While the prospect of a Walmart in each of the five boroughs of New York City has been met with major opposition, the retailer inked a relatively easier deal in South Africa. Last week, Walmart Stores Inc., acquired 51% of the shares of Massmart Holdings Limited for ZAR148 per Massmart ordinary share, or $20.82 per share.
In a press statement, Doug McMillon, President and CEO of Walmart International, said, “We continue to be excited by the opportunity to invest in Massmart’s business and to accelerate its growth and expansion in South Africa. The more we learn about South Africa and the surrounding countries the more we are convinced that this is an important region with attractive growth characteristics. This combination fits perfectly with our strategy to enter high growth markets in which we can apply our global expertise and generate strong returns.”
”This may be a good deal for Walmart and possibly for Massmart. It’s quite likely that – especially in light of the meltdown – Walmart has faced, or is facing a saturated market right now in the U.S. and will benefit from new markets,” notes African business expert Mojúbàolú Olúfúnké Okome, Professor of Political Science at Brooklyn College. “South Africa provides such an opportunity and Massmart has done some of the groundwork since it has a successful business. Walmart can only gain from this. Massmart gets to partner with an internationally recognized business.”
Walmart also said it will continue to support Massmart´s cooperation with South Africa´s Broad Based Black Economic Empowerment (BEE). But based on the various labor complaints Walmart has faced in the U.S., Okome is skeptical. “For South African workers, whether or not they’re treated in a respectful and equitable manner depends on the labor laws, affirmative action and equal opportunity laws in South Africa and how well they are enforced. I think the labor laws there are stronger than in many other African countries,” Okome points out. “There is also a powerful labor movement. As long as the workers are unionized, they’ll have more protection from abuses. However, since Walmart has the reputation of discrimination on the basis of race and gender, South African workers ought to be doubly vigilant and should be prepared to resist such treatment.”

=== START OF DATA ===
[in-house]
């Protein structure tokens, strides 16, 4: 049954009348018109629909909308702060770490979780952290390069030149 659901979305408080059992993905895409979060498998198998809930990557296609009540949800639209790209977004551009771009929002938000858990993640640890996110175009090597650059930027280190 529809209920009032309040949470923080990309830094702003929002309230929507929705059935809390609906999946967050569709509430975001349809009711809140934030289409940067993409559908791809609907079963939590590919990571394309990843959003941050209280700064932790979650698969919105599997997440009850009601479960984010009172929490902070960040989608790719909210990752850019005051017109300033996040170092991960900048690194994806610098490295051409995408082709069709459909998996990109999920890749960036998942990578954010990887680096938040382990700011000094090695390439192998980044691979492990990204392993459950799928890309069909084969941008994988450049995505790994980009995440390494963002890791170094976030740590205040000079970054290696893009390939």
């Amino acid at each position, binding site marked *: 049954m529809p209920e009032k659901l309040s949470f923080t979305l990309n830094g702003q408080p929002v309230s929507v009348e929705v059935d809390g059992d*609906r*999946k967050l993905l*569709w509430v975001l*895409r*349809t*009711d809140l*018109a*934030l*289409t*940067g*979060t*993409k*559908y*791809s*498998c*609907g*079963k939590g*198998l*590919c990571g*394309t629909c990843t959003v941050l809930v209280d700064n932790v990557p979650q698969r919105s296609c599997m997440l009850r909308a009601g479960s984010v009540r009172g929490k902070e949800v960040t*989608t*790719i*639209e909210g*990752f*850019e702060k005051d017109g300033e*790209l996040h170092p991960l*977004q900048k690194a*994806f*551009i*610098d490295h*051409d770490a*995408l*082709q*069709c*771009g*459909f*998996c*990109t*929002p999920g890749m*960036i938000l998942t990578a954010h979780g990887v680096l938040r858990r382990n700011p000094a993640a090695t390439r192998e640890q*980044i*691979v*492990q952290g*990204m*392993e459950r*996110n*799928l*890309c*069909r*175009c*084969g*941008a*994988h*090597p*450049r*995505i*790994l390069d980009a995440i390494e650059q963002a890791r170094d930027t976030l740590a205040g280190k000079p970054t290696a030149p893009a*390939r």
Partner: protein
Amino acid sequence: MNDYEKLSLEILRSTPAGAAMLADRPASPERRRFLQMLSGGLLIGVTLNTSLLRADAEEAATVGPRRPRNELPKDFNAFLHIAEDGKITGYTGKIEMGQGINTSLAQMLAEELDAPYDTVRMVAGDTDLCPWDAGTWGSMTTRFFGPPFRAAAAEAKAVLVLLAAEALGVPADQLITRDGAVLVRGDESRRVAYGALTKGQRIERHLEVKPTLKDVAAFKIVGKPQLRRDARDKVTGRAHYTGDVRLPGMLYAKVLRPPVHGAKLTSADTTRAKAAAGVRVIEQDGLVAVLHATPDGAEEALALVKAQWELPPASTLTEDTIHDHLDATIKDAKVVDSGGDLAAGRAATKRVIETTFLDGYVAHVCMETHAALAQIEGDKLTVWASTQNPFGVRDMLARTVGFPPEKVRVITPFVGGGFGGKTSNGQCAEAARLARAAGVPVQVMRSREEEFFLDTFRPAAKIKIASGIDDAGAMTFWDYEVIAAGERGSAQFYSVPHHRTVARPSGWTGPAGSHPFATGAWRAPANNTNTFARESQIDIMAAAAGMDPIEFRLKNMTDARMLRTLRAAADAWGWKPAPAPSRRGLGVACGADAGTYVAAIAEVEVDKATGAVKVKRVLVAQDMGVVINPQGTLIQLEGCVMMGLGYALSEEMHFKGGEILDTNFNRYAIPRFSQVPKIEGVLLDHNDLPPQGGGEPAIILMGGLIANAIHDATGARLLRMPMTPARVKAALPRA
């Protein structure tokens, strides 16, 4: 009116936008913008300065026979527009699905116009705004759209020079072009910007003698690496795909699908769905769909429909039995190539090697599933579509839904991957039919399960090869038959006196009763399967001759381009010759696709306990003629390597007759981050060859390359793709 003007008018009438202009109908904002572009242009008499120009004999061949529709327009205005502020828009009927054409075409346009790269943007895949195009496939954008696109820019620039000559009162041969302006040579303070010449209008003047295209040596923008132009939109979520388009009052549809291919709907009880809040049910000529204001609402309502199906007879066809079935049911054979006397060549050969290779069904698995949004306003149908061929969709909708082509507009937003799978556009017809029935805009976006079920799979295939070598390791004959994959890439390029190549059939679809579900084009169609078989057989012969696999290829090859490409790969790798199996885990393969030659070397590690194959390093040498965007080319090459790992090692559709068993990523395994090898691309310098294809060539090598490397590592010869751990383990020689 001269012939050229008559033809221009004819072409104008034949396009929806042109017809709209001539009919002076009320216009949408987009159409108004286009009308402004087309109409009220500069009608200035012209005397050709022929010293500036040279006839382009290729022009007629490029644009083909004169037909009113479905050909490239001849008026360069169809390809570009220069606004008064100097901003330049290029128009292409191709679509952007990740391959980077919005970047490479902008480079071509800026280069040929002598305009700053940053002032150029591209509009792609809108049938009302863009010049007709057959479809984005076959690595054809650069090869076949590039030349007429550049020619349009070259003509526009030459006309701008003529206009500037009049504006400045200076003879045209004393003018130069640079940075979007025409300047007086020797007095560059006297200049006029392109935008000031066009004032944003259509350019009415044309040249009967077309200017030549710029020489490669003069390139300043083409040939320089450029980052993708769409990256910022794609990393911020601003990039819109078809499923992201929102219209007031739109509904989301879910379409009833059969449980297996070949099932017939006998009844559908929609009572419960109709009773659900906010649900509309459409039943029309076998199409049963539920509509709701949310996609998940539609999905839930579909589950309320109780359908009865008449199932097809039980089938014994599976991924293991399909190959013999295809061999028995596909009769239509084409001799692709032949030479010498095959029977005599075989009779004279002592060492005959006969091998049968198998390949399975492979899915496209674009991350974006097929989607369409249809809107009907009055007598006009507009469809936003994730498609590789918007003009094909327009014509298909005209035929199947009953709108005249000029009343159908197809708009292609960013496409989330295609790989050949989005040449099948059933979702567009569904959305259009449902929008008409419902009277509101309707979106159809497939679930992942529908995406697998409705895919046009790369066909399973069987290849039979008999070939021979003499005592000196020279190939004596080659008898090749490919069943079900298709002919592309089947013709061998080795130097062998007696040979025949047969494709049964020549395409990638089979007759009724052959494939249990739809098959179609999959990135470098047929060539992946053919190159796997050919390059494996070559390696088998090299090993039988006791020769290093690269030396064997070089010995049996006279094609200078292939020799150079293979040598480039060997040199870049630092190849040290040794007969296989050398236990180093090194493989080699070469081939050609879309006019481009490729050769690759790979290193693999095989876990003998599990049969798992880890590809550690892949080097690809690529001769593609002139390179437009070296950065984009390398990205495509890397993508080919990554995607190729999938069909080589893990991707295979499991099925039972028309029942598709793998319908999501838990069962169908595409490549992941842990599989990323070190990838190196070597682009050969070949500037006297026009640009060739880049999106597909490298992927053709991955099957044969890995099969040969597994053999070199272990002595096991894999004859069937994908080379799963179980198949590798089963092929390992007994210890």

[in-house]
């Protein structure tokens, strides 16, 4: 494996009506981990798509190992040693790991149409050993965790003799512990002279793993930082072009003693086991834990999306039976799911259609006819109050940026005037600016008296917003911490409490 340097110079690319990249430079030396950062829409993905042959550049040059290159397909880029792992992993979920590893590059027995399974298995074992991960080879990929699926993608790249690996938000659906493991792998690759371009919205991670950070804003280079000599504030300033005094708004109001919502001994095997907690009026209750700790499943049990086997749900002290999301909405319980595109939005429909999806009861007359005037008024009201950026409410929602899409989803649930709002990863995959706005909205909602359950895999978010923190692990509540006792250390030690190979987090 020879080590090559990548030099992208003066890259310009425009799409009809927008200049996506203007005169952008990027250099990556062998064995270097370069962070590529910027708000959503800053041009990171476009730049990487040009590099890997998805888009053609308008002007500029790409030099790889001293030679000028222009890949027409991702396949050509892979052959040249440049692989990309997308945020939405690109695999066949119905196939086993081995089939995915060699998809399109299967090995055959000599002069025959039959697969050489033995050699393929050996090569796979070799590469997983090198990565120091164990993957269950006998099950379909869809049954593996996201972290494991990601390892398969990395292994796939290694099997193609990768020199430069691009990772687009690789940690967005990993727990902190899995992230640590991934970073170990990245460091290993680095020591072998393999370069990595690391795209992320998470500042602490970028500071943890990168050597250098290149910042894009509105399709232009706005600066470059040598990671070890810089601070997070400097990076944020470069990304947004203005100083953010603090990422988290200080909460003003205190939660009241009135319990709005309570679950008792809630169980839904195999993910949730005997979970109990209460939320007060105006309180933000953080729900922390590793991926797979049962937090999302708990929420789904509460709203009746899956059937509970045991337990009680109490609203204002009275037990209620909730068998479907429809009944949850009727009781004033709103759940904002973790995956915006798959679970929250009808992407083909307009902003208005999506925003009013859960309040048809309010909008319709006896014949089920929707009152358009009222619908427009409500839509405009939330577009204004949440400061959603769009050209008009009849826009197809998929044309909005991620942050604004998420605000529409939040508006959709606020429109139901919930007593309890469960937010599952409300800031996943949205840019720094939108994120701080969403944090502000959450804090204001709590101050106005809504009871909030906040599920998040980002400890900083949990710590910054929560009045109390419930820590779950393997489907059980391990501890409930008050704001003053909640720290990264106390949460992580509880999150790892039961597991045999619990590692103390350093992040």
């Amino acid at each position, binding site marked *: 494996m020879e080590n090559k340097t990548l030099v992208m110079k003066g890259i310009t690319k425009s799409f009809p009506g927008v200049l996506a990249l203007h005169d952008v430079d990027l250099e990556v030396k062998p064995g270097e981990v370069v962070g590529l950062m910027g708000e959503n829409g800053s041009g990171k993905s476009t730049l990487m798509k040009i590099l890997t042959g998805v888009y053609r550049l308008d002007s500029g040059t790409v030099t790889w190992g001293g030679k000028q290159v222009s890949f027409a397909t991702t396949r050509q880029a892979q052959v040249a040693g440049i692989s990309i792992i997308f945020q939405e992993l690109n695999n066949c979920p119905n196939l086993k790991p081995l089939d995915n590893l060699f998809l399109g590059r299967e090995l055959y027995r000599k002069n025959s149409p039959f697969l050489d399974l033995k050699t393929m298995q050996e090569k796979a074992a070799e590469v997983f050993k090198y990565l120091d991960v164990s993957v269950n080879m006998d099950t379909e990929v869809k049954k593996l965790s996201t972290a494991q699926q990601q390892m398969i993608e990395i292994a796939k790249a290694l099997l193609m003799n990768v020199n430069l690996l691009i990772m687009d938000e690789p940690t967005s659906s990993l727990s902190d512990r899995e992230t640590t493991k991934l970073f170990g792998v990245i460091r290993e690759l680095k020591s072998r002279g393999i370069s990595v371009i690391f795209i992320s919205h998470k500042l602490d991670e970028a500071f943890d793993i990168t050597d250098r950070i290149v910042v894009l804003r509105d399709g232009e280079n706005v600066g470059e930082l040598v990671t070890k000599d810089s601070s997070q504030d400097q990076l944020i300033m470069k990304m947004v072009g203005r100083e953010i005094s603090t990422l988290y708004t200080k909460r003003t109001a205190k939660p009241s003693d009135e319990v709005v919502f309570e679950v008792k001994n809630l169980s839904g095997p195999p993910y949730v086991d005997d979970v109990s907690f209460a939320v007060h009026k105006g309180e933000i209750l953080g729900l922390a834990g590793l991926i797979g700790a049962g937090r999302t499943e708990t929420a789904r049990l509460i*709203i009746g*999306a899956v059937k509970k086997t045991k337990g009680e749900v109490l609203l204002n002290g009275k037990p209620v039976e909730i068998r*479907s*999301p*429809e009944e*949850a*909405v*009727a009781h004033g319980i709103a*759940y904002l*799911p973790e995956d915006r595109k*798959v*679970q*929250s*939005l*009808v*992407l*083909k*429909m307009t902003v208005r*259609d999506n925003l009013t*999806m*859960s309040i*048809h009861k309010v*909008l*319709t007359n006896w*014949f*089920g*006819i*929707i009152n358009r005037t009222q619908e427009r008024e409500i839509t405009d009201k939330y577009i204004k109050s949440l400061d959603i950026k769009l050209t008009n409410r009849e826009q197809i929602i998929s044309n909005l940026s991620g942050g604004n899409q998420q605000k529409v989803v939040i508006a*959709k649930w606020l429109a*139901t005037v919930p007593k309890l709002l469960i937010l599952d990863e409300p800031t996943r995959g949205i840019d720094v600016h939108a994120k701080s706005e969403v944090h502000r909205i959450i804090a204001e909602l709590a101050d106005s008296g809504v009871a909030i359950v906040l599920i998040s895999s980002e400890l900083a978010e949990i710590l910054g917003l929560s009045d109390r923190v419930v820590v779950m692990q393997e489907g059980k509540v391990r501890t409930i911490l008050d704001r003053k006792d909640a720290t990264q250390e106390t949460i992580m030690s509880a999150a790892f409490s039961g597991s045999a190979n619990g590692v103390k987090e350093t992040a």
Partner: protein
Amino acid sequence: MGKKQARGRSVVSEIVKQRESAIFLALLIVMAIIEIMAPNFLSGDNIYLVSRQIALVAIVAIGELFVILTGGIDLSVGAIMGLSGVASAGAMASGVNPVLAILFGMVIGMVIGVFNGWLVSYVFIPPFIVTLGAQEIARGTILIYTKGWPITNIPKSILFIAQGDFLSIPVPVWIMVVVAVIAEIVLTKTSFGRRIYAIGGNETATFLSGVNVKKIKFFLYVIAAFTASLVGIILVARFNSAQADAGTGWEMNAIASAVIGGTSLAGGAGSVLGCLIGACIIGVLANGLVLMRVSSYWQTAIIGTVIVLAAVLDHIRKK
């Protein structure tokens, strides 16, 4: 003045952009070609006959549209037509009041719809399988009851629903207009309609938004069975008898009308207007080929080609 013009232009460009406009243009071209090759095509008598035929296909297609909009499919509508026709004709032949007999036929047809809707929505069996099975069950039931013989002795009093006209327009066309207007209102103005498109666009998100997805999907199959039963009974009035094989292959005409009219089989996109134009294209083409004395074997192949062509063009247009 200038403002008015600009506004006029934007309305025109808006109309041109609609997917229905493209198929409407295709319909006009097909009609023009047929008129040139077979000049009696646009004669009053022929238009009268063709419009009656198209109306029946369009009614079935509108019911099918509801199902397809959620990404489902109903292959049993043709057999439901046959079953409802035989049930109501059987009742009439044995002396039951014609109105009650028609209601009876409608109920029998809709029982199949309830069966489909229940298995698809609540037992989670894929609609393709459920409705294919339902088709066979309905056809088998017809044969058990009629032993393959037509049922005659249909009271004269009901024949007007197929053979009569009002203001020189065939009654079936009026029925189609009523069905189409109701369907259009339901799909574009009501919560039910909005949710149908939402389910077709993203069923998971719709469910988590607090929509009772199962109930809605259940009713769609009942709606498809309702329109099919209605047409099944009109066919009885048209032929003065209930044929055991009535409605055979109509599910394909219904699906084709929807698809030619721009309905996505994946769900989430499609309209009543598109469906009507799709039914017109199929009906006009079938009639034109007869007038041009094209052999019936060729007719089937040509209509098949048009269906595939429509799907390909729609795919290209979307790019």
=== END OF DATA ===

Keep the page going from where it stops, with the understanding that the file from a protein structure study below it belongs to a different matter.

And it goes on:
In the United States, Walmart has often been accused of causing smaller mom-and-pop stores to close as they are unable to compete with a chain the size of Walmart. Whether this will be the case in South Africa, Okome says depends on how much the government supports small business. “A big part of the responsibility also lies with the South African government, which should ensure that foreign companies that seek to do business there are not given carte blanche to exploit its people. Oftentimes the competition for foreign direct investment in the developing world tends to produce a ‘race to the bottom’ kind of situation where labor protection is thrown out the window. This should not be the case,” says Okome. “It is the responsibility of the South African government to ensure that its people have good legal protections and enforceable rights. These businesses should also pay taxes, and use socially conscious business practices. With such conditions in place, foreign investment is okay.”
Wal-Mart has 8,692 retail units in 15 countries and sales of $405 billion in 2010. Massmart Holdings operates in 14 countries in sub-Saharan Africa and has 288 stores.
The deal is expected to be finalized by the end of the year.